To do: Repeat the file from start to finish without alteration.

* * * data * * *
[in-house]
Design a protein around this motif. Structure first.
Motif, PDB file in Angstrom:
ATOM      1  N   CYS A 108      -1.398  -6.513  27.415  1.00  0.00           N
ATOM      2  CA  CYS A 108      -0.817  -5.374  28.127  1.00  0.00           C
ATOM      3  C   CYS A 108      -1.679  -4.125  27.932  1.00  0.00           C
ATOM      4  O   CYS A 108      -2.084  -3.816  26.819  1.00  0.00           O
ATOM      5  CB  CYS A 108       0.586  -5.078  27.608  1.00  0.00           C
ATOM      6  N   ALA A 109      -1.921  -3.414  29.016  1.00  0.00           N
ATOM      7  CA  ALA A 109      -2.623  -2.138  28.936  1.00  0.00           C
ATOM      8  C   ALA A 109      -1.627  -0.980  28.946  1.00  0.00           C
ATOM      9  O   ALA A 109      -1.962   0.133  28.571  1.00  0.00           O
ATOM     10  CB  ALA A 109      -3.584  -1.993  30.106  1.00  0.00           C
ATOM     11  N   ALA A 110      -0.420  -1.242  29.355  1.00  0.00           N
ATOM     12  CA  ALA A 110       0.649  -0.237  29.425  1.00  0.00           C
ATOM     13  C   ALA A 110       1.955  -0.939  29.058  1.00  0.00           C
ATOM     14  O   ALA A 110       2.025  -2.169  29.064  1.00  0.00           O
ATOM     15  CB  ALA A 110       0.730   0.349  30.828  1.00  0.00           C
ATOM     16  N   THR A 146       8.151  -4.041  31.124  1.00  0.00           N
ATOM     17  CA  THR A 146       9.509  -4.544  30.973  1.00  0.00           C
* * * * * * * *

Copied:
[in-house]
Design a protein around this motif. Structure first.
Motif, PDB file in Angstrom:
ATOM      1  N   CYS A 108      -1.398  -6.513  27.415  1.00  0.00           N
ATOM      2  CA  CYS A 108      -0.817  -5.374  28.127  1.00  0.00           C
ATOM      3  C   CYS A 108      -1.679  -4.125  27.932  1.00  0.00           C
ATOM      4  O   CYS A 108      -2.084  -3.816  26.819  1.00  0.00           O
ATOM      5  CB  CYS A 108       0.586  -5.078  27.608  1.00  0.00           C
ATOM      6  N   ALA A 109      -1.921  -3.414  29.016  1.00  0.00           N
ATOM      7  CA  ALA A 109      -2.623  -2.138  28.936  1.00  0.00           C
ATOM      8  C   ALA A 109      -1.627  -0.980  28.946  1.00  0.00           C
ATOM      9  O   ALA A 109      -1.962   0.133  28.571  1.00  0.00           O
ATOM     10  CB  ALA A 109      -3.584  -1.993  30.106  1.00  0.00           C
ATOM     11  N   ALA A 110      -0.420  -1.242  29.355  1.00  0.00           N
ATOM     12  CA  ALA A 110       0.649  -0.237  29.425  1.00  0.00           C
ATOM     13  C   ALA A 110       1.955  -0.939  29.058  1.00  0.00           C
ATOM     14  O   ALA A 110       2.025  -2.169  29.064  1.00  0.00           O
ATOM     15  CB  ALA A 110       0.730   0.349  30.828  1.00  0.00           C
ATOM     16  N   THR A 146       8.151  -4.041  31.124  1.00  0.00           N
ATOM     17  CA  THR A 146       9.509  -4.544  30.973  1.00  0.00           C